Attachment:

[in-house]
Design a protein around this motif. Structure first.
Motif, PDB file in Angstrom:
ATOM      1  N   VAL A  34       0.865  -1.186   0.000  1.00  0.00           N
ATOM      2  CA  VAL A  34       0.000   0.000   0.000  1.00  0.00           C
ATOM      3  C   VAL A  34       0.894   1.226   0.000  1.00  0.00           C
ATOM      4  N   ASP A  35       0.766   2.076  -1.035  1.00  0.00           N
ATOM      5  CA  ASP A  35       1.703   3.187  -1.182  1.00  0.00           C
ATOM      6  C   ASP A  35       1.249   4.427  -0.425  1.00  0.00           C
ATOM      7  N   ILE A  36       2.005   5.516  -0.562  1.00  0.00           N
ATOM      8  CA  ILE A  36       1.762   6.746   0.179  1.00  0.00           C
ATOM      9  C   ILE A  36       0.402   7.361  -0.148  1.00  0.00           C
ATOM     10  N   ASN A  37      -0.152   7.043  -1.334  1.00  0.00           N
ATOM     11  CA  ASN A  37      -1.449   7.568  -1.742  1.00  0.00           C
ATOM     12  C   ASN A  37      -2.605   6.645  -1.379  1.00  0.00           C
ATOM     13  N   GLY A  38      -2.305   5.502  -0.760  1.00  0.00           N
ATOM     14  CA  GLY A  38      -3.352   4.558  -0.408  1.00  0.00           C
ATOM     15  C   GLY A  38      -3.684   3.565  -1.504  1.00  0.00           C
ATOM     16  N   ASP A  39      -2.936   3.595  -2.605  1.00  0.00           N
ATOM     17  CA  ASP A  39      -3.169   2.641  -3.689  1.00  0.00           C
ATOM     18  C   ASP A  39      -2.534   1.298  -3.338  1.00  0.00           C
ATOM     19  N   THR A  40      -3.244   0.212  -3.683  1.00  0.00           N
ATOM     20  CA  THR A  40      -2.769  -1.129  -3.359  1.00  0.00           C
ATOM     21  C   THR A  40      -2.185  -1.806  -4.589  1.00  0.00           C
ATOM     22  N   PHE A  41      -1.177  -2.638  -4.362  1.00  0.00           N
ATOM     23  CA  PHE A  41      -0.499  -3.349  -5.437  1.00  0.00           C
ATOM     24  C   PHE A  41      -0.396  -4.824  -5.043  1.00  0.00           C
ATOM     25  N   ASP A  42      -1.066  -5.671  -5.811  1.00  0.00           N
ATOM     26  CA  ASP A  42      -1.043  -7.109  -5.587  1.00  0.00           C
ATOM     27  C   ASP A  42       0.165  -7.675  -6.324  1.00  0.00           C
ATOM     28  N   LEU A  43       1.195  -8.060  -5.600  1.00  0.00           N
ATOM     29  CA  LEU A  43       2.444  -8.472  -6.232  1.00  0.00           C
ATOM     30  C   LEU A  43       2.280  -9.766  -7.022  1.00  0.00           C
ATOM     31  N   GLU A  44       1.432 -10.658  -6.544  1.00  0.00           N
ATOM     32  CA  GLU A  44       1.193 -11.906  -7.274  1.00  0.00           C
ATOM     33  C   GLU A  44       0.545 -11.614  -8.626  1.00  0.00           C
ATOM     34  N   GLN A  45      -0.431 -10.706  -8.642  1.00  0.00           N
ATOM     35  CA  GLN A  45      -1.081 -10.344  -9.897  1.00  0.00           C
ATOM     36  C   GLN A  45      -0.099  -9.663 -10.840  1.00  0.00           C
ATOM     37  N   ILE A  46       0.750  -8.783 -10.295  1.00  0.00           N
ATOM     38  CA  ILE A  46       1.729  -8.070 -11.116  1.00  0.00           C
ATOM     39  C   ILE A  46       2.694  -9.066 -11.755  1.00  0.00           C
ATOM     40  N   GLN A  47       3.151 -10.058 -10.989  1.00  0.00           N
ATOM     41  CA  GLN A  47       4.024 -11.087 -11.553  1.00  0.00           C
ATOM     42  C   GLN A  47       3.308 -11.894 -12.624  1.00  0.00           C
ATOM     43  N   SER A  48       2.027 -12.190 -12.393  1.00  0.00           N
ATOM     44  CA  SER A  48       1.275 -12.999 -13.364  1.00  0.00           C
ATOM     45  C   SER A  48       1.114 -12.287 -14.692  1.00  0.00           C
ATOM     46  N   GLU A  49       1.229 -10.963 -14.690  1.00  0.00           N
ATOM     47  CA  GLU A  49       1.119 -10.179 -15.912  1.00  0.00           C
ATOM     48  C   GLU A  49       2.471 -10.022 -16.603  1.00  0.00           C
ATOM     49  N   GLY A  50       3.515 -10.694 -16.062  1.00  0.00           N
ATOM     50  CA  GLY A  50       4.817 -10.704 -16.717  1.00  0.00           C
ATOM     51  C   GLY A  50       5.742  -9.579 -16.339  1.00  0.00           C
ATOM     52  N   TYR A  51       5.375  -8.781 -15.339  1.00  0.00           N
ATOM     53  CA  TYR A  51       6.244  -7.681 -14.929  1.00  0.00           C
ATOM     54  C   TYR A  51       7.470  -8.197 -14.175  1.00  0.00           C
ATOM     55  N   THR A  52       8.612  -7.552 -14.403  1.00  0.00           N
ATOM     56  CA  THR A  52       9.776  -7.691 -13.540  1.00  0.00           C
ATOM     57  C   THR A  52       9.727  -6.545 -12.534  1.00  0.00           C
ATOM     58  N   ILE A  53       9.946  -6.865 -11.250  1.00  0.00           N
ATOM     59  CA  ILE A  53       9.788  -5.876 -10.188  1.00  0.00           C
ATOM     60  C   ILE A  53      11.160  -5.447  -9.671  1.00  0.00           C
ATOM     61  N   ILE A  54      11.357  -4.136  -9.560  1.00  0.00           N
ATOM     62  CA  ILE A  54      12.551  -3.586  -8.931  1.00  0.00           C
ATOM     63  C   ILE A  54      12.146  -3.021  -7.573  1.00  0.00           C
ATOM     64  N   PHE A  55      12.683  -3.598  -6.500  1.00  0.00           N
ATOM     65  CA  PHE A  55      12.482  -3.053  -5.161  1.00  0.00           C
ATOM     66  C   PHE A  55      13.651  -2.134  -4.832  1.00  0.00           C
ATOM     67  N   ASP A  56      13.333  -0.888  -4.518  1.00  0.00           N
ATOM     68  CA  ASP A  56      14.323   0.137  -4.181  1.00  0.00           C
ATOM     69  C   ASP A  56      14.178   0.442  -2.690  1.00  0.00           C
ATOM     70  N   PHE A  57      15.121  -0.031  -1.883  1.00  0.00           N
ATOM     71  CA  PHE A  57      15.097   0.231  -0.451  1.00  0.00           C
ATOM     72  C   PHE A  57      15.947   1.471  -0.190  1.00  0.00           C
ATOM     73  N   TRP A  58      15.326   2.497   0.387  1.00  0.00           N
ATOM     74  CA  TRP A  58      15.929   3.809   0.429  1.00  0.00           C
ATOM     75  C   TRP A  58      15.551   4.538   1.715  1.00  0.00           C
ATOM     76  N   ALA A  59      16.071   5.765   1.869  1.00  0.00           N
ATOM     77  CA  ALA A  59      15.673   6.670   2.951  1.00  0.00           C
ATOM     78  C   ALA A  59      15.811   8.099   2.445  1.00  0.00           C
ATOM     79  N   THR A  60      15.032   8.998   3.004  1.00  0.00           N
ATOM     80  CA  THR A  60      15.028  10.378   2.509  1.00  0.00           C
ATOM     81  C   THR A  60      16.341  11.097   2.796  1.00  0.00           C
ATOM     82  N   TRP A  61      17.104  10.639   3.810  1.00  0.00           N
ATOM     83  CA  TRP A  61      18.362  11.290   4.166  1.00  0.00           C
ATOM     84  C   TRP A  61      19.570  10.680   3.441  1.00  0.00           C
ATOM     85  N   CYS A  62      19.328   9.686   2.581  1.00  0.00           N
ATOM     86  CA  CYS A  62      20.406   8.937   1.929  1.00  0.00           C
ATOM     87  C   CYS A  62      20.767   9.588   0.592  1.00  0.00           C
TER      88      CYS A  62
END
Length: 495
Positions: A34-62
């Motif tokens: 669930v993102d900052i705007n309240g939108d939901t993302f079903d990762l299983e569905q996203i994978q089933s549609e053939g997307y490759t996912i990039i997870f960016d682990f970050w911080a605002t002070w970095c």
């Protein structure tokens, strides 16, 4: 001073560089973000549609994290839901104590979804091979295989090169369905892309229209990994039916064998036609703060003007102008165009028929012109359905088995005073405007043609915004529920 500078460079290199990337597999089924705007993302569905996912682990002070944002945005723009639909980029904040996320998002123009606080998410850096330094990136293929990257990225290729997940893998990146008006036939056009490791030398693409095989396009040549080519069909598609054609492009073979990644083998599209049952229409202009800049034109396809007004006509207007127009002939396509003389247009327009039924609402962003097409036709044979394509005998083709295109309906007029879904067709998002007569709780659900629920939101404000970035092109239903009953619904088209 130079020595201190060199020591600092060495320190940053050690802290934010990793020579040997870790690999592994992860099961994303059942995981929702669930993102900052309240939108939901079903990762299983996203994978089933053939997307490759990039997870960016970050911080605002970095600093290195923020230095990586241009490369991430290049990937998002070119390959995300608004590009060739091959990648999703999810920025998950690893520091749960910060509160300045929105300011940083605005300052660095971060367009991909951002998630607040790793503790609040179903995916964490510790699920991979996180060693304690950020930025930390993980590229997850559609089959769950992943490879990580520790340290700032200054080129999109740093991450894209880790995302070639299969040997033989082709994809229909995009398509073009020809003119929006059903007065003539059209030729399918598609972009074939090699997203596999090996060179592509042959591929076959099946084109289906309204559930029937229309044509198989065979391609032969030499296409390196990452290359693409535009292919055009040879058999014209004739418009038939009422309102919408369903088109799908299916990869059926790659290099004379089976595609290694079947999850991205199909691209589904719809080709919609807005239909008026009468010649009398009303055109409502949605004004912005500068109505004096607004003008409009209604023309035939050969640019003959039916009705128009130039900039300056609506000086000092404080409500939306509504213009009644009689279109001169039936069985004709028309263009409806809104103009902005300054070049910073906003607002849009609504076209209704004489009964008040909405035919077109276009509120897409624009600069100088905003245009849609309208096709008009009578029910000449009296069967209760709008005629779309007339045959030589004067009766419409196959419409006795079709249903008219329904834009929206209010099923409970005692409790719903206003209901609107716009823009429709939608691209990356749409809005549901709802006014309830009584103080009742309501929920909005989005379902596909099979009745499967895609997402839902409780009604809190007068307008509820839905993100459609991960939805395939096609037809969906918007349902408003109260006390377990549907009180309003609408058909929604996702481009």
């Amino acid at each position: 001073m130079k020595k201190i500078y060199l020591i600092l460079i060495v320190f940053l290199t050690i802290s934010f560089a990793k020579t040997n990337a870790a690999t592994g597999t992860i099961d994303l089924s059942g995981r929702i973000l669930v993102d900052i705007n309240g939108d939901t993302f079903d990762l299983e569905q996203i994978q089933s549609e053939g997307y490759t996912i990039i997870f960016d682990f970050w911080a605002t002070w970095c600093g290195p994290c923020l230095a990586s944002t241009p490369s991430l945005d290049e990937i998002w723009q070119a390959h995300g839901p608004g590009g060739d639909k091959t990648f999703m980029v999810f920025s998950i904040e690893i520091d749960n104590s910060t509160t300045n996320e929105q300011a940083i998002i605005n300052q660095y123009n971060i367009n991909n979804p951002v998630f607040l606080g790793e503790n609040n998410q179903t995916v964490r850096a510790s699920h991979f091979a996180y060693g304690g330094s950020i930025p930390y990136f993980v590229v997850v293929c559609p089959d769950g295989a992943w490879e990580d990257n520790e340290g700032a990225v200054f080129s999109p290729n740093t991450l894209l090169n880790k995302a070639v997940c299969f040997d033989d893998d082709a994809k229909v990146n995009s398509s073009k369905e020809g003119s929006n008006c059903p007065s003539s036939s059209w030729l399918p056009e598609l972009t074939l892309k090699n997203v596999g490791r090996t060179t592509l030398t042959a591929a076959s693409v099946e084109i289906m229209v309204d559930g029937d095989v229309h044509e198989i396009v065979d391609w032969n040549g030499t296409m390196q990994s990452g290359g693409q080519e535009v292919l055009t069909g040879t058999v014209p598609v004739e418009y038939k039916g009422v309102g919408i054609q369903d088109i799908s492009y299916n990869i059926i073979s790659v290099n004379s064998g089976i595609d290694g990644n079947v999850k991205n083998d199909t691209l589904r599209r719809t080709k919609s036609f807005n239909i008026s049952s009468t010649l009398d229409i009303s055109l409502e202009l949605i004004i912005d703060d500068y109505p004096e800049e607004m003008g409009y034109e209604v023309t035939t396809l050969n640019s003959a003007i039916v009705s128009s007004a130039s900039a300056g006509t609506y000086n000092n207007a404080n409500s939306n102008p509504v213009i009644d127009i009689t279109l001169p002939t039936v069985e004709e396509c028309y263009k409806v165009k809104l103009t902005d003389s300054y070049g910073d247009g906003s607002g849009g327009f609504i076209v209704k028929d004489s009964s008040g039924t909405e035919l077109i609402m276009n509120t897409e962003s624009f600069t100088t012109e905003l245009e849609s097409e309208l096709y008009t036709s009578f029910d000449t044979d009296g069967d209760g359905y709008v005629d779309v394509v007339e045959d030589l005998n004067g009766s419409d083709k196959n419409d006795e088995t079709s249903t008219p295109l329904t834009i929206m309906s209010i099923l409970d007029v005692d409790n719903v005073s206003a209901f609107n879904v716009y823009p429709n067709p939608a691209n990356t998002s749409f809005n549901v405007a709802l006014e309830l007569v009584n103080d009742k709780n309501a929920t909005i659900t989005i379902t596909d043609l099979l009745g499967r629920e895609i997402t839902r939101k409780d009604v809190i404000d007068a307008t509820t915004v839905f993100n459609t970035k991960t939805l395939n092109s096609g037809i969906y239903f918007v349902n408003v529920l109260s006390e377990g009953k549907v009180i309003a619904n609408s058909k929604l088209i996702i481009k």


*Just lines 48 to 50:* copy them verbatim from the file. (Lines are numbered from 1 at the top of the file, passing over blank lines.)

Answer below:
ATOM     45  C   SER A  48       1.114 -12.287 -14.692  1.00  0.00           C
ATOM     46  N   GLU A  49       1.229 -10.963 -14.690  1.00  0.00           N
ATOM     47  CA  GLU A  49       1.119 -10.179 -15.912  1.00  0.00           C